providing a wide variety of educational options. Included with this kit are

scientific facts about the shells and suggestions for educational applications

in areas such as Social Studies, Science, Arithmetic, Language, and Art.

     Software Available From Exceptional Teaching Aids: Word-TalkTM Exceptional

Teaching Aids provides some valuable extras for Word-Talk purchasers: l. Two

blank disks for data. 2. A print supplement with helpful information about

creating and using data disks. 3. A recorded cassette to help in creating data

disks. 4. A talking Apple User's Utility Disk-tips on its use are included on

the recorded cassette.

     Sensible SpellerTM Exceptional Teaching Aids provides a supplementary

step-by-step print guide and a taped tour of the program.

     Braille TalkTM allows you to send your Word-Talk files to a Braille

embosser. It knows regular Library of Congress formatting rules but is not

designed for complicated textbook Braille production.


We were recently asked to print the following information regarding a survey

conducted by the Rancho Rehabilitation Engineering Program, Project Threshold.

If you are interested in participating, please contact them at: 7601 E. Imperial

Hwy., 500 Hut, Downey, CA 90242; (213) 940-8116; FAX: (213) 803-6117.

     Dear Colleague:

     We need your help! We are trying to identify the families of children with

disabilities who have had technology recommended for them in the last two years.

A survey will be conducted with these consumers to determine their experiences

in obtaining funding. It is anticipated that the survey will take 30 minutes.

The results of the survey will be used in the development of a consumer guide to

funding assistive technology. This project is supported by the National

Institute on Disability and Rehabilitation Research and is part of the

Rehabilitation Engineering Center on Technology for Children with Orthopedic


     We would greatly appreciate your help in identifying families of children

who meet the following criteria: 0-21 years of age; have a physical, cognitive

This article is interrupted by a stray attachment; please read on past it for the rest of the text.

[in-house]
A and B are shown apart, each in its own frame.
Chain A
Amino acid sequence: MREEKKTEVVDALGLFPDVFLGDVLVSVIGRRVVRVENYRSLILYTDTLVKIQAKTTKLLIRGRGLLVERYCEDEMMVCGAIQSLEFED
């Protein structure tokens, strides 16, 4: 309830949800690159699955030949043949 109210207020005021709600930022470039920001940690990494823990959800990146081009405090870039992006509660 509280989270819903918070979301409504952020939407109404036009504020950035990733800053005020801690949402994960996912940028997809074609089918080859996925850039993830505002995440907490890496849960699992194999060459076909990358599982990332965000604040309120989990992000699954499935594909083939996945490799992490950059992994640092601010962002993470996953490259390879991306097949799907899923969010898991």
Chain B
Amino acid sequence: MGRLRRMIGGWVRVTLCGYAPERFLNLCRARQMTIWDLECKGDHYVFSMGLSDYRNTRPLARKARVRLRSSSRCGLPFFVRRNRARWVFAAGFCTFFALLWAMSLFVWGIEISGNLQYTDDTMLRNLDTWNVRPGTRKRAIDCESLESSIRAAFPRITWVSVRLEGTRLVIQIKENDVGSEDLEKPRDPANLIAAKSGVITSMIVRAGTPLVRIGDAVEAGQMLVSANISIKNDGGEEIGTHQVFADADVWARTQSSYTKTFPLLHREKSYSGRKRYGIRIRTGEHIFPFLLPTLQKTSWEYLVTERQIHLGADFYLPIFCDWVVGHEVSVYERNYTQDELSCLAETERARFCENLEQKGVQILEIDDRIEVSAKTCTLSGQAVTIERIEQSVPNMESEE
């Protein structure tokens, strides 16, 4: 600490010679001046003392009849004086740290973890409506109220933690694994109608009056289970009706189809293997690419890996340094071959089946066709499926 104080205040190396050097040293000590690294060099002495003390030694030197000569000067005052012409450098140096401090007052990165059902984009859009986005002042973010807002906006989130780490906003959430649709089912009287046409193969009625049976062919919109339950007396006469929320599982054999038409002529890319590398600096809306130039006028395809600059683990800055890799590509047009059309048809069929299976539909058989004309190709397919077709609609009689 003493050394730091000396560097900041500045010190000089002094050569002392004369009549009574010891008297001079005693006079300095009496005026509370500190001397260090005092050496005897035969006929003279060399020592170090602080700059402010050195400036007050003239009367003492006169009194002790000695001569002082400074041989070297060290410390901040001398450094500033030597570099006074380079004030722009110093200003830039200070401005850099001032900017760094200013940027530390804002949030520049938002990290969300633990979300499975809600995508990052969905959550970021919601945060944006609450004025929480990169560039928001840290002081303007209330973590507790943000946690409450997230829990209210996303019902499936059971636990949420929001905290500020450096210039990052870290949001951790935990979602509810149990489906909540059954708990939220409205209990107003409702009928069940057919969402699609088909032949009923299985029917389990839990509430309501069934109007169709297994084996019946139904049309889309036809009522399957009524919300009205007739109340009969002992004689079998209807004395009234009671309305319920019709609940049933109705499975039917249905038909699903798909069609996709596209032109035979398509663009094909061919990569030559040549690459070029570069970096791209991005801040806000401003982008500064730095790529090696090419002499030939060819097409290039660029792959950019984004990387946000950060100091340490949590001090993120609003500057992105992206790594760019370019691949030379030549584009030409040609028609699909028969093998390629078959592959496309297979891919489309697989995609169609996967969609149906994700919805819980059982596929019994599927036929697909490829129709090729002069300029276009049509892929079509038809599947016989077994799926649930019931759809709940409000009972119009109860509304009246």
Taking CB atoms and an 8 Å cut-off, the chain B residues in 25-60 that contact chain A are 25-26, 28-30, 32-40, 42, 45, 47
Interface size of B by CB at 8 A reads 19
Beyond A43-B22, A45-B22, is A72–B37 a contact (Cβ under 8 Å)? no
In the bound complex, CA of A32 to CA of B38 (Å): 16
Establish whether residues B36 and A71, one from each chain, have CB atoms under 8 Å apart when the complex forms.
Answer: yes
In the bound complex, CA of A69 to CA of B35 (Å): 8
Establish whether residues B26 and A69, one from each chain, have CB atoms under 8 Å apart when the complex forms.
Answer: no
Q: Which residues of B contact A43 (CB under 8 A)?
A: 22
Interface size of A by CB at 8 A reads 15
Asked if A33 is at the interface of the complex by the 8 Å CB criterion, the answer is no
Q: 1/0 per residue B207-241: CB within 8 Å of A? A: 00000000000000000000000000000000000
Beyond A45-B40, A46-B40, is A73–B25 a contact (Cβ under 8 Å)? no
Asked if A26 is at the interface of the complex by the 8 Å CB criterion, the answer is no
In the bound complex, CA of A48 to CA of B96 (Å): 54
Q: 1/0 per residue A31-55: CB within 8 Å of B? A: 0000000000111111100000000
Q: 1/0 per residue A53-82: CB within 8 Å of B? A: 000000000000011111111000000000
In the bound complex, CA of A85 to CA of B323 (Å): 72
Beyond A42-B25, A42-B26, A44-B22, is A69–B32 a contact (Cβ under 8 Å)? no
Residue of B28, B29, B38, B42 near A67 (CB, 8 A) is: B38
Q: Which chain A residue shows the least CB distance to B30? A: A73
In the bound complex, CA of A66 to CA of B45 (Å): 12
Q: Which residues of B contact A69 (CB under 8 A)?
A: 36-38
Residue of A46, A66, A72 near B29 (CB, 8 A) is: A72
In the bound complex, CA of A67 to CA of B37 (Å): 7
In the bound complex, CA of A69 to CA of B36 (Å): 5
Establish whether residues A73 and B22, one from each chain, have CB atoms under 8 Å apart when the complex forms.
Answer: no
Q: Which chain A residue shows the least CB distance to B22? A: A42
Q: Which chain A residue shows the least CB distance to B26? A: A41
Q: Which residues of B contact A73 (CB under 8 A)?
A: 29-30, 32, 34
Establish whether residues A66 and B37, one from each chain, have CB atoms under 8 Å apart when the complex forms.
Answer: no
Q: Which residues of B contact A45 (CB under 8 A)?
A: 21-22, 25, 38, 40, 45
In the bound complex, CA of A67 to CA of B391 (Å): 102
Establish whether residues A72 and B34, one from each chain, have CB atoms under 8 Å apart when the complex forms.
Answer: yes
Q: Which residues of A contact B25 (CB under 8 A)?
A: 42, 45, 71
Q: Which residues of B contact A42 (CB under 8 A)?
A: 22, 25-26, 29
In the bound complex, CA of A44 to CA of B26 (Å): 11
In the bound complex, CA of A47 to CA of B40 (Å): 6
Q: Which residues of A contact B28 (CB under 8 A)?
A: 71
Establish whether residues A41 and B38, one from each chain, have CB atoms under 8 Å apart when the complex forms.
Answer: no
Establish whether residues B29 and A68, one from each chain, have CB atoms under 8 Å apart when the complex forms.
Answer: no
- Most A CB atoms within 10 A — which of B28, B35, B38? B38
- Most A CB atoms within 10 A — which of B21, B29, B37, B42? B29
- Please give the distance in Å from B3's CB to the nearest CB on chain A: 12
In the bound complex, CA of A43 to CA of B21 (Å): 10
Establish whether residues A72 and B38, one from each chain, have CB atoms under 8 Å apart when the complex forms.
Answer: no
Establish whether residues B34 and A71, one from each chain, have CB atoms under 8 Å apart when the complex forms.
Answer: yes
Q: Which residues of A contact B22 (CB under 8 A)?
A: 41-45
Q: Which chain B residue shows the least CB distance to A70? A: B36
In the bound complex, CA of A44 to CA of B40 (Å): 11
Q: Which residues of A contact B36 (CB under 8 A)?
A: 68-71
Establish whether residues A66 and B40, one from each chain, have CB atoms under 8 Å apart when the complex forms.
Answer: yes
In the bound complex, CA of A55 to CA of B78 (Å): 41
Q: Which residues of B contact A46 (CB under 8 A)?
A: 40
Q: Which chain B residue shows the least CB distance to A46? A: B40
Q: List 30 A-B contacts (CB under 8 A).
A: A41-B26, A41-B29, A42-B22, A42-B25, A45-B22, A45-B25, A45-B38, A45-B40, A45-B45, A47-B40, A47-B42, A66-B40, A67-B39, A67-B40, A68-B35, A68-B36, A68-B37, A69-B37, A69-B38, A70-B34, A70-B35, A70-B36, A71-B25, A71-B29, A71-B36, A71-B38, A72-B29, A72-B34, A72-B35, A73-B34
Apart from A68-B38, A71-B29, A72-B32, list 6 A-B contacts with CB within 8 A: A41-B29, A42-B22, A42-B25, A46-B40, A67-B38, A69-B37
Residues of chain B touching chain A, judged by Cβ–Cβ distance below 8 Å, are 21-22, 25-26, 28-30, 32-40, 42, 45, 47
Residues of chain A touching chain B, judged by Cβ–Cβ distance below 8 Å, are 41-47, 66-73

and/or sensory disability; had technology recommended for them within last two

years regardless of whether or not they received it; the cost of the technology

was $500 or more.

     We are hoping to obtain information related to funding a variety of

technologies such as bath lifts, environmental control systems, computers and

communication devices.


We have been asked to print the following information about a new product from

Code-A- Vision, Inc., P. O. Box 10506, Pompano Beach, Florida 33060.

     Do-Dots are little clear plastic Braille buttons, one male, one female.

These snap together easily, and non-destructively, through hem, cuff, or collar.

One button tells the clothing design (light or dark, print, plaid, stripes or

plain). The other side has Braille symbols for 45 different colors. A

Braille-coded key to the abbreviations accompanies each packet.Do-Dots are

available in packages of 100 sets for $51.95 check or money order plus $4

shipping-handling (Florida residents add 6% sales tax.)


The following information is from the Pacesetter, June 1991.

     Attorney's fees-A court may award reasonable attorney's fees to parents or

guardians of a child with disabilities if they prevail in administrative

proceedings under the IDEA. This provision of the Handicapped Children's

Protection Act was upheld when the Supreme Court declined to review a case in

which a prevailing party brought a civil action solely to obtain attorney's


     Education beyond age 21-A school district may be required to educate a

child with disabilities beyond age 21 if it needs to make up for time lost